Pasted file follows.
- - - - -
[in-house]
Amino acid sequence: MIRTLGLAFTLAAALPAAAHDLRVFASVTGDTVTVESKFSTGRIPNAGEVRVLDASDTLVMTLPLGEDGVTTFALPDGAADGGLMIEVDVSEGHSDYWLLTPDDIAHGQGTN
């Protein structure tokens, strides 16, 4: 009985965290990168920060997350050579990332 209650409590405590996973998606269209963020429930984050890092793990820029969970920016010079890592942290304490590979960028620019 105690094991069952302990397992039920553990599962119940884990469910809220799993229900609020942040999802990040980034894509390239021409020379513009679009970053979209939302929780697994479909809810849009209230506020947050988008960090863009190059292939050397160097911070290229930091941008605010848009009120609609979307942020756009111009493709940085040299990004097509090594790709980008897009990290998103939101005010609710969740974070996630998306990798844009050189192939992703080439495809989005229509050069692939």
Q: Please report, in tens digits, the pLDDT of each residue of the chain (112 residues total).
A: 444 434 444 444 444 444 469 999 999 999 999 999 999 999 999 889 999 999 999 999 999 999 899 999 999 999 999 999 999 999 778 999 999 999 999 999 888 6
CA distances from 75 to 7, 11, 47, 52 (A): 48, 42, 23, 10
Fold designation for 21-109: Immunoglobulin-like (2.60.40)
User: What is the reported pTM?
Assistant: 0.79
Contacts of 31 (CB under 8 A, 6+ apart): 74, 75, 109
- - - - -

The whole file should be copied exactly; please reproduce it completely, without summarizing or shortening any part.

[in-house]
Amino acid sequence: MIRTLGLAFTLAAALPAAAHDLRVFASVTGDTVTVESKFSTGRIPNAGEVRVLDASDTLVMTLPLGEDGVTTFALPDGAADGGLMIEVDVSEGHSDYWLLTPDDIAHGQGTN
């Protein structure tokens, strides 16, 4: 009985965290990168920060997350050579990332 209650409590405590996973998606269209963020429930984050890092793990820029969970920016010079890592942290304490590979960028620019 105690094991069952302990397992039920553990599962119940884990469910809220799993229900609020942040999802990040980034894509390239021409020379513009679009970053979209939302929780697994479909809810849009209230506020947050988008960090863009190059292939050397160097911070290229930091941008605010848009009120609609979307942020756009111009493709940085040299990004097509090594790709980008897009990290998103939101005010609710969740974070996630998306990798844009050189192939992703080439495809989005229509050069692939």
Q: Please report, in tens digits, the pLDDT of each residue of the chain (112 residues total).
A: 444 434 444 444 444 444 469 999 999 999 999 999 999 999 999 889 999 999 999 999 999 999 899 999 999 999 999 999 999 999 778 999 999 999 999 999 888 6
CA distances from 75 to 7, 11, 47, 52 (A): 48, 42, 23, 10
Fold designation for 21-109: Immunoglobulin-like (2.60.40)
User: What is the reported pTM?
Assistant: 0.79
Contacts of 31 (CB under 8 A, 6+ apart): 74, 75, 109